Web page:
A6-APC landing as EY454 in Sydney, and I’m in 4A! – Photo: Bernie Proctor
The Boeing 777 just can’t compete with the Airbus A380 when it comes to luxury, but I still enjoyed my previous 777-200LR flight on Etihad. You can’t even put a shower on a commercially configured one! Good thing Etihad ordered 10 Airbus A380s and they have five in service right now. I wanted to try the most supreme of airline products currently out there — the Etihad First Class Apartment — and I did. One cannot experience something like this alone. I had my friend AirlineReporter Senior Correspondent Jacob Pfleger along for the ride.
Jacob would, of course, take a photo of his future seat at the Dubai Airshow, but he did too good a job not to use it. Mine was a lighter brown over in 4A – Photo: Jacob Pfleger | AirlineReporter
My general rule of thumb for first class flying is “if it’s overnight, and you are paying with currency, fly business class.” I looked at AUH-JFK and that was out. So too were some of Etihad’s London flights. Besides that, seven hours on an A380 is nothing. Eventually, I realized the best way to maximize my enjoyment of First Class flying was to do a paradoxically timed “daylight” flight from Abu Dhabi to Sydney. Which was good, because I needed to be in Sydney anyway.
The highlight of the show, the Etihad A380 – Photo: Jacob Pfleger | AirlineReporter
Ever since I booked my trip to attend the Dubai Airshow, I had been quietly hoping that Etihad would bring their flagship A380 to the static display. This was, however, a long shot, as Etihad only has four A380s in service; to take one out of service for an airshow is a big ask. Emirates had confirmed sometime out that they would have an A380 on static display, as did Qatar Airways, but these two models did not excite me nearly as much as the Etihad A380.
Boarding the Etihad A380 for the media tour – Photo: Jacob Pfleger | AirlineReporter
I could barely contain my excitement, when on the first day of the airshow, Etihad confirmed their A380 would make an appearance the following day! As the aircraft was only scheduled to remain at Al Maktoum Airport for a few hours before returning to Abu Dhabi, it was my first priority to go see this aircraft.
We met with the PR staff at the Etihad chalet and they were more than willing to give us a tour of the aircraft, even driving to the display from the chalet in custom-branded golf carts — talk about a VIP experience.
A6-LRE, a 777-237LR, loading up at LAX for the long flight back to Abu Dhabi – Photo: Bernie Leighton | AirlineReporter
“That was the bulliest experience I ever had. I envy you your professional conquest of space.”
Thing is, Teddy Roosevelt never flew Etihad. Guy missed out. If a small biplane could impress our only president to ever ride a moose, I think the sheer awesomeness of Etihad would likely have left him a gibbering fool!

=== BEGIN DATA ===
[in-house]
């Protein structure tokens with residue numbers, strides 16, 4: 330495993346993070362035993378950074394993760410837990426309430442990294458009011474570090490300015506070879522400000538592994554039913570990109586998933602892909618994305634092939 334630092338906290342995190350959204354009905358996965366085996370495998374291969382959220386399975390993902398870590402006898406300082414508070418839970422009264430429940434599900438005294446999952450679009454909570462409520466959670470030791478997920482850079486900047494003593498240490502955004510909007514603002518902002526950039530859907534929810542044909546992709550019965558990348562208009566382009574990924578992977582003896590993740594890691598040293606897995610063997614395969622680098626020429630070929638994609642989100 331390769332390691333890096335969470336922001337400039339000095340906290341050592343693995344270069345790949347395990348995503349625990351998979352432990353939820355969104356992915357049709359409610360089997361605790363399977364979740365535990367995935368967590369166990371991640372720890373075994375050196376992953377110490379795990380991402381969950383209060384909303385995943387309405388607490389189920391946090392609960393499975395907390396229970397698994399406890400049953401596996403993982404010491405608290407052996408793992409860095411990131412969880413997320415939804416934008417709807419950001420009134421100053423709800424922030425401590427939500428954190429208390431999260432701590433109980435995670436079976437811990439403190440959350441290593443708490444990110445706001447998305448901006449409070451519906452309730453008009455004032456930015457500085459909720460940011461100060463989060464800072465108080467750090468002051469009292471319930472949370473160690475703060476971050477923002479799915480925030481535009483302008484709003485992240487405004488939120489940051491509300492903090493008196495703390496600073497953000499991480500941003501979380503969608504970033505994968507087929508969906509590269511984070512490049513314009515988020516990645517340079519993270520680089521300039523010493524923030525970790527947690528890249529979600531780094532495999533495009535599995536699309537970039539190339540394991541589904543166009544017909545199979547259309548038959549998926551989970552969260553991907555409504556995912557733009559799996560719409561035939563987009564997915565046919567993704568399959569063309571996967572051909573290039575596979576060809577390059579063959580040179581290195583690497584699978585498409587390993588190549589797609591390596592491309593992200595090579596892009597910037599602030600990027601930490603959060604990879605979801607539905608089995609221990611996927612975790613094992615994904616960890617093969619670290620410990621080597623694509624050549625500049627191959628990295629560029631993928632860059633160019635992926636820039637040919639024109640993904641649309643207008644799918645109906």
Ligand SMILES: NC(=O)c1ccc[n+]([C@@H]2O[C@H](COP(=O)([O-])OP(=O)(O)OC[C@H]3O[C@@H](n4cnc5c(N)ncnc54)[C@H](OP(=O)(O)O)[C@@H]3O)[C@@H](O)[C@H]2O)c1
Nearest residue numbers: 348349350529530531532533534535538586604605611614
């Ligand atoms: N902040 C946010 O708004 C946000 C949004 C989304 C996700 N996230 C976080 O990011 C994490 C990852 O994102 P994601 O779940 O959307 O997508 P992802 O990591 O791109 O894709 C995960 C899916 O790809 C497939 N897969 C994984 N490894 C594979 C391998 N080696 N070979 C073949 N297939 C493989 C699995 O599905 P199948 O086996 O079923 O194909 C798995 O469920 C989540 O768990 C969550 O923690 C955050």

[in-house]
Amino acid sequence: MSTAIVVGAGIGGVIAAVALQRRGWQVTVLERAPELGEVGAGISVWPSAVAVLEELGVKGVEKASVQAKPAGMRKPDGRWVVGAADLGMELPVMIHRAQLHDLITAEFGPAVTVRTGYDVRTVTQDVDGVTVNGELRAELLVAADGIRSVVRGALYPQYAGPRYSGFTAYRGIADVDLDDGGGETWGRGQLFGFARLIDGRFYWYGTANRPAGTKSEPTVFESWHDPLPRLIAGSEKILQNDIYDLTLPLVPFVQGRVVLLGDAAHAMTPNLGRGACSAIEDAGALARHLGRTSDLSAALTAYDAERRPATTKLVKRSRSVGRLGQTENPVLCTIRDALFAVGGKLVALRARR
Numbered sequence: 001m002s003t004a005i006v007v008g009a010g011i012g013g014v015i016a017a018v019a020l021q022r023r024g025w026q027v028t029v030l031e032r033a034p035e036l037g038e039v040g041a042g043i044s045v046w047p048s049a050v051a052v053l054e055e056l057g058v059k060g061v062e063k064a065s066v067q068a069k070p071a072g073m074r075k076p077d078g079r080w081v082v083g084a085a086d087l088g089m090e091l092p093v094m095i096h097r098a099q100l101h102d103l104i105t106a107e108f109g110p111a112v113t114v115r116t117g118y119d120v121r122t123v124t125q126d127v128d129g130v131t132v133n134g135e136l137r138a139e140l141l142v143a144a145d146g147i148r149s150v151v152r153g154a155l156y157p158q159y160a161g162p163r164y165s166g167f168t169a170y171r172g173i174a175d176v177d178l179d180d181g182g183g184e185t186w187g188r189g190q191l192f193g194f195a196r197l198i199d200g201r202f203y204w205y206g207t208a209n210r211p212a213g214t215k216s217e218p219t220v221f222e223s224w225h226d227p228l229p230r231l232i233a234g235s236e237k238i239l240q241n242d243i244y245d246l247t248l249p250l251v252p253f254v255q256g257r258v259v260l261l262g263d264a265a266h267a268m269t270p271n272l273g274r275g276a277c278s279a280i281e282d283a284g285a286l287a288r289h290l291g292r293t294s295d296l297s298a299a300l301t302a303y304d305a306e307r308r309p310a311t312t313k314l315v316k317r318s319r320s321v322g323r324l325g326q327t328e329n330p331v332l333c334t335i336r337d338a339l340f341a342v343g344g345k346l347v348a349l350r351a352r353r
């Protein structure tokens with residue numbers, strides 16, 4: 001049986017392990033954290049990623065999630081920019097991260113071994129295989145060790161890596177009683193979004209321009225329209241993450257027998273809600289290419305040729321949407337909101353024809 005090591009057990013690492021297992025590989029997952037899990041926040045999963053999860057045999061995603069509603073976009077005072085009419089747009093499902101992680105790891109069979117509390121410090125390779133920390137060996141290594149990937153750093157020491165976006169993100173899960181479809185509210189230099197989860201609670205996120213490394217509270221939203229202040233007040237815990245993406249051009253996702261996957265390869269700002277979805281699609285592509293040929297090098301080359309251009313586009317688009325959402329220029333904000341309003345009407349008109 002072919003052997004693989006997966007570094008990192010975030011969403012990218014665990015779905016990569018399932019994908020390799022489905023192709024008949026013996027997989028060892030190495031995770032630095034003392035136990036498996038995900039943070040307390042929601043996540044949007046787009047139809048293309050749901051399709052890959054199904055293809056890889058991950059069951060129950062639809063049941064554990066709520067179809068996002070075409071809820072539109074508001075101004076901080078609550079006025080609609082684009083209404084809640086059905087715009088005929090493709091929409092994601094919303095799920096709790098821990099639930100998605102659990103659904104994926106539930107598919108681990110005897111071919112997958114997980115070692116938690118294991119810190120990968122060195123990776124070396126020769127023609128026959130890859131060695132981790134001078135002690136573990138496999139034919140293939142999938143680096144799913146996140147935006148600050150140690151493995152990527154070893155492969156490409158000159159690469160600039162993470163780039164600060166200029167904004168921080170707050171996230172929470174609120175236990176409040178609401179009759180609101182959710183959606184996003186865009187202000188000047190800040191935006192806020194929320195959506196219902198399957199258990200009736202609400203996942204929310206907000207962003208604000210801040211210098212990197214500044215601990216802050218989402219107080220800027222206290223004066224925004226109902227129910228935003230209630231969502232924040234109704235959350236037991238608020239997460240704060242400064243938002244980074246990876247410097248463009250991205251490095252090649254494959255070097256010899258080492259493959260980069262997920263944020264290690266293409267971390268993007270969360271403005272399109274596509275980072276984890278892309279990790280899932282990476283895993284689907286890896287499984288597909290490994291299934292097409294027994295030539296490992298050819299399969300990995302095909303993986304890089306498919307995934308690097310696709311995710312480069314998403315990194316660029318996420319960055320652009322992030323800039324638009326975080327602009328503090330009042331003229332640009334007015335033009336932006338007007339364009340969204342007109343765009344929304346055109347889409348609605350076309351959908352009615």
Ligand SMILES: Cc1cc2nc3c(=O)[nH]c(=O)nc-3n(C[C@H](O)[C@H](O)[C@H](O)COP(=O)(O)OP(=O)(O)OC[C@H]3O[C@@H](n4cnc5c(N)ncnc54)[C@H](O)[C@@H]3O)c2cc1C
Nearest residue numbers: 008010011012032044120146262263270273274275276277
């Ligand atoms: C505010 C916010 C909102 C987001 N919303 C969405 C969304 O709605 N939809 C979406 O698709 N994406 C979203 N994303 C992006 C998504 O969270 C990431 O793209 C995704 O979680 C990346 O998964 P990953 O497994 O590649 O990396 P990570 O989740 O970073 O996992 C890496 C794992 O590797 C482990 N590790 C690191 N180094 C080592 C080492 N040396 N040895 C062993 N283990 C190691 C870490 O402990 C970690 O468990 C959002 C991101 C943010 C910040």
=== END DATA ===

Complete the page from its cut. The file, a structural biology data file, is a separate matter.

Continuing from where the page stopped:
AirlineReporter Senior Correspondent Jacob Pfleger flew Etihad’s first class product back in the days when it was still called “Diamond First Class.” It was amazing, but with the introduction of the Facets of Abu Dhabi scheme and removal of the word diamond, Etihad has taken it even further. Out of a sense of curiosity and jealousy, a need to travel to South Africa, and a desire to best Jacob, I found a good fare from Los Angeles to Johannesburg that would let me put Etihad to the test on their longest pair of flights. I flew from Los Angeles to Abu Dhabi and back, the route that Etihad purchased their 777-200LR fleet from Air India specifically to launch.
The suite was too long to fit its entirety in my 14mm lens! – Photo: Bernie Leighton | AirlineReporter
Now, when these planes came from Air India, they were in legendary Air India style. Missing parts, missing documents, pretty much close to the axe; the aircraft were not taken care of. Worse, Air India had decided to purchase the auxiliary fuel tanks from Boeing that were necessary for their dream routes to the U.S. West Coast that will only materialize this year (maybe). Etihad and Boeing worked for months to bring these aircraft up to scratch.
However, when you get on board, there is not a trace of the old horrors and neglect that these wonderful machines faced. The result is a first class cabin that is better than both Gulfstreams I have flown on.
The extremely wide seat extends into a bed well over six feet in length. Feeling exposed? Yeah, I would be too. Even though you can’t really see any other passengers when seated, that’s not the point – you have the ability to shut your doors and have ultimate privacy. When I fly, I’d rather not see anyone but the cabin crew. Commercial flights are not about socializing for me. Etihad understands.